For some reason, I found this realization revelatory:  What? You mean it’s okay to just feel hungry, and not do anything about it? You don’t have to eat when you feel that way?  Of course, I’d encountered similar sentiments over the years in books, on websites, or at lectures, but somehow honing in on the exact spot of the “hunger” made it abundantly clear that eating, in so many cases, is used to satisfy emotional yearning as well as physical appetite.

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Comments

  1. You remind me that I need to try millet, it looks so delicious as a pilaf!

    Glad to hear the course is making you feel more energetic. Despite all that darned healthy food. ;-)

  2. Yikes, you’re certainly busy!! Keep up your energy with the Total Health course, for sure!

    Millet pilaf – love it!! Looks like an easy, flavorful dish.

  3. If that class ever comes to the Boston area, pleeeeeease let me know. It sounds so darn cool!

    I have yet to eat millet as a whole grain; I’ve used it in it’s flour form and like it a lot. I can’t wait to make this one. Yum. I love that you used coconut milk and curry.

  4. Millet is one of my absolute favorite grains. I just made some the other night, and your post has given me some great new ideas for nights to come.
    Your course sounds great. I would love to get involved in something like that, especially if it has the added side effect of having more energy and feeling great!

  5. Very interesting post. Millet is one of the grains on my “must try” list. This sounds like a delicious way to cook it.

  6. Courtney says:

    Millet is great–I don’t use it enough. Thanks for a delicious sounding recipe to inspire me to dig it out of my cupboard!

    You sound very busy! Do you really tell your students about your blog so that they can go check it out?! You would be such an awesome professor! Your students are very lucky!!

    Courtney

  7. I have rarely used millet. Your recipe sounds great and has inspired me to use it soon. Thanks!

  8. I love your idea to try the cereal hot (I’m thinking that heating it up will make the bananas caramelize… and there’s nothing better than caramelized bananas!).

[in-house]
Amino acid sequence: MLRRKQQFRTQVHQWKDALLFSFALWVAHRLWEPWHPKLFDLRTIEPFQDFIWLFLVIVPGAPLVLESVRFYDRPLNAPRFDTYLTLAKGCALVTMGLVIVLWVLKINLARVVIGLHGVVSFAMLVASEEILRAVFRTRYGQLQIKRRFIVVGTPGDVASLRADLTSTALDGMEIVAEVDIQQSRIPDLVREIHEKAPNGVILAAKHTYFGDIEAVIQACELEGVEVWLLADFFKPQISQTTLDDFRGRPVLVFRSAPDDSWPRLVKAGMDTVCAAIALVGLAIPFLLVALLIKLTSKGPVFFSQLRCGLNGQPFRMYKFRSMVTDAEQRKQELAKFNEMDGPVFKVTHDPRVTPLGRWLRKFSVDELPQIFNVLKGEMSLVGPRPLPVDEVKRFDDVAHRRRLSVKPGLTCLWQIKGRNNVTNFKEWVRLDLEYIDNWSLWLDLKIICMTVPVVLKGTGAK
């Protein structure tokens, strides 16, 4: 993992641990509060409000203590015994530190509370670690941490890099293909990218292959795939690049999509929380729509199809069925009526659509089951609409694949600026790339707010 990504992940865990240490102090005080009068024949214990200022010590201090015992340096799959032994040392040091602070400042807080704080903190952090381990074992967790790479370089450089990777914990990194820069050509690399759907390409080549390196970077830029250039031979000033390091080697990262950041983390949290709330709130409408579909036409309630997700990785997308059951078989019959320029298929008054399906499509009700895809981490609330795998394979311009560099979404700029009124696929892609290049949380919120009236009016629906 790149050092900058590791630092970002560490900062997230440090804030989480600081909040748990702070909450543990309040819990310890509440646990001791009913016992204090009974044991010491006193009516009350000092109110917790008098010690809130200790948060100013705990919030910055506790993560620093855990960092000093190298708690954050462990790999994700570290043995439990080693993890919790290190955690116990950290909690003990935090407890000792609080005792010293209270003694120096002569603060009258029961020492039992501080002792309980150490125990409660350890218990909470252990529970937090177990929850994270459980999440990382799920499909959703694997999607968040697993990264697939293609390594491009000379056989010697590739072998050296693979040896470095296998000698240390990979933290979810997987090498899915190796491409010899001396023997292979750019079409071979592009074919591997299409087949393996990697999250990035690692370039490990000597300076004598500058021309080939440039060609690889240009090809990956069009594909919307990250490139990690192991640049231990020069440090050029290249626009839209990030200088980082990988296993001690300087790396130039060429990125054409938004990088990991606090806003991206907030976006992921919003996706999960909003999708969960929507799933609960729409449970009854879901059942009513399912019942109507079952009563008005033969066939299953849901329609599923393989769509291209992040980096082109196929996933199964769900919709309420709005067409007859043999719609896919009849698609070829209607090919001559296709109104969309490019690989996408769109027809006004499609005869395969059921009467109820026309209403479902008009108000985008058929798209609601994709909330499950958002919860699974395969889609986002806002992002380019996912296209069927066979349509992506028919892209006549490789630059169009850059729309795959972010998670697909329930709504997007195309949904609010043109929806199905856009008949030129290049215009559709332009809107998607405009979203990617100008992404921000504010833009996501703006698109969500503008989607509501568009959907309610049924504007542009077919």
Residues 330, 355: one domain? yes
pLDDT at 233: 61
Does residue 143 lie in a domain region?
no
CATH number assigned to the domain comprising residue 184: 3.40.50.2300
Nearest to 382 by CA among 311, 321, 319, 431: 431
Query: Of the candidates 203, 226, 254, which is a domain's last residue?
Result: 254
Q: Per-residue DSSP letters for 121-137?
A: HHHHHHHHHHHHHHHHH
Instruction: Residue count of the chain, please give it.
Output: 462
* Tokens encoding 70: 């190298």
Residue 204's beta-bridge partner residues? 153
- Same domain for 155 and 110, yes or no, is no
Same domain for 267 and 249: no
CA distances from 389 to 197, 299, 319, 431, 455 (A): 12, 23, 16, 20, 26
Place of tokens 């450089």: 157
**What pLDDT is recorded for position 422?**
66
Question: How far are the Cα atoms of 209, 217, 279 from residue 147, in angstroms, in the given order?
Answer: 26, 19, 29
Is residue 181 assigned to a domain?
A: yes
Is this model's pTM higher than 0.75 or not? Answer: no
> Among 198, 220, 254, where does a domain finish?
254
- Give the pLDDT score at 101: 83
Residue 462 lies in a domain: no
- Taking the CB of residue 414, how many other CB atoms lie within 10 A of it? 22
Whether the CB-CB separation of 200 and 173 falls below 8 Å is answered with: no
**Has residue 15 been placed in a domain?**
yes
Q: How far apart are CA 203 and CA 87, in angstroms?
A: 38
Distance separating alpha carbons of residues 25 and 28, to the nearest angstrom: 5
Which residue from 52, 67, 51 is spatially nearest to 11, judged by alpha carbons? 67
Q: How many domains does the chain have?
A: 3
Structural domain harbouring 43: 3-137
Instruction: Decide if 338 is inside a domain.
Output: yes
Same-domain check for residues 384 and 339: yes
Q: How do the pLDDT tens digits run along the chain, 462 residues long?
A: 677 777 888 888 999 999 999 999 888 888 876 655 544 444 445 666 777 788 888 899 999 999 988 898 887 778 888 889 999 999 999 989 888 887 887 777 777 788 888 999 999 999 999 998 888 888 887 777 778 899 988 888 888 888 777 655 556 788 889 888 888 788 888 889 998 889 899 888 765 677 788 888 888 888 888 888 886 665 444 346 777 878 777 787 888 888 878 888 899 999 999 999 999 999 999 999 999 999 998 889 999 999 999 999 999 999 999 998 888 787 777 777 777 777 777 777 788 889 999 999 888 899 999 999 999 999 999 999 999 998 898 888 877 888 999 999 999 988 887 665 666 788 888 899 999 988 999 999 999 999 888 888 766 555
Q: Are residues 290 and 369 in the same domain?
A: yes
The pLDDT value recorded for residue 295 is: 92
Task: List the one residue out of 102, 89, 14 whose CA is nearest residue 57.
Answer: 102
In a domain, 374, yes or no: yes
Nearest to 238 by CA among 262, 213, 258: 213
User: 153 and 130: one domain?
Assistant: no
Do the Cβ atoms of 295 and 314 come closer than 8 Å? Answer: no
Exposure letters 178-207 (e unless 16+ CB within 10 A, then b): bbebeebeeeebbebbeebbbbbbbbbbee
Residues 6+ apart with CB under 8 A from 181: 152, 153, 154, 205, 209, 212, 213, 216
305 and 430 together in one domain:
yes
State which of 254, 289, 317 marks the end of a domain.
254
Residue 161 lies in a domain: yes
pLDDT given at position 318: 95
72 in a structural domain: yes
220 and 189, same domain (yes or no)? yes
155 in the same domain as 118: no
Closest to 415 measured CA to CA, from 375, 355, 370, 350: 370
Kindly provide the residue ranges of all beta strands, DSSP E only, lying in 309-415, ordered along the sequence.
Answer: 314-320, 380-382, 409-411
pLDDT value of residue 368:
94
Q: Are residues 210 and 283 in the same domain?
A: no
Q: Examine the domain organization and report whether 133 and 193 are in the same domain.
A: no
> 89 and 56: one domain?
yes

P.S. I made your carrot pate— wow is it ever good!!! (Why am I surprised? I KNEW you were a great chef!)

  9. I don’t mind the chopping up lots of veggies but I confess to not liking to follow rulebooks where food is concerned – just feels like too much work! I think I would like to try this sort of pilaf with my millet – might give me a new perspective on it as I am still getting to know the grain.

  10. Romina,
    It’s definitely worth trying–a very mild grain that can be flavored in so many ways. But it IS darned healthy! ;)

    VeggieGirl,
    Thanks! Easy and good–nothing better than that! (Though of course these days you’d have time for more complicated things–lucky you!)

    Lizzie,
    I’ll tell my teacher she’s got a waiting student in Boston! I’d recommend giving the whole grain a try–you can use it anywhere you’d use rice (except millet cooks faster–yay!)

    healthyceliac,
    Thanks so much! I am really enjoying the course, though I have to admit it took a lot of time to get me there. And then I ask myself why I waited!

    Kalyn,
    Thanks! Definitely worth a try (even plain)–it’s a really versatile grain.

    Courtney,
    Thanks! Yes, I did tell the students about the blog; we’ll see how they feel about it! ( But, um, perhaps you’d like to send that comment as an email to the class??) ;)

    Laurel,
    I think you’ll find it very easy to use–it’s quick and also very mild in flavor, so it can be used in many different ways.

    CCV,
    Once you said “Cream of Wheat,” I thought, “hot.” Mmm! Will let you know when I try it out. And SO glad you liked the pate! It’s actually another breakfast favorite of mine. :)

    Johanna,
    Sounds like we could cook up a storm in the same kitchen–you do all the chopping/prep and I’m happy to follow instructions! I’ve been making an effort to use millet more lately, as it’s so healthy and I also don’t use it very much. I think next time I’ll have to do something sweet.

  11. If I had some millet, I’d be making this for breakfast right about now. This is a great dish, and thanks so much for entering it in Weekend Herb Blogging!

  12. I love millet! Yum! I love it for breakfast, lunch, dinner- whatever!
    And I can really relate to your observations about the feeling hunger VS. being hungry. I think we sometimes forget that not all is satisfied by the taking in, but the reflecting on…

  13. I do love millet and this sounds like a perfect way to enjoy it. Your grain recipes always get my attention.

  14. your recipe doesn’t mention millet as an ingredient–quantity?

  15. Susan,
    Thanks for pointing this out! Nothing like leaving out the major ingredient ;) . I’ve fixed it now!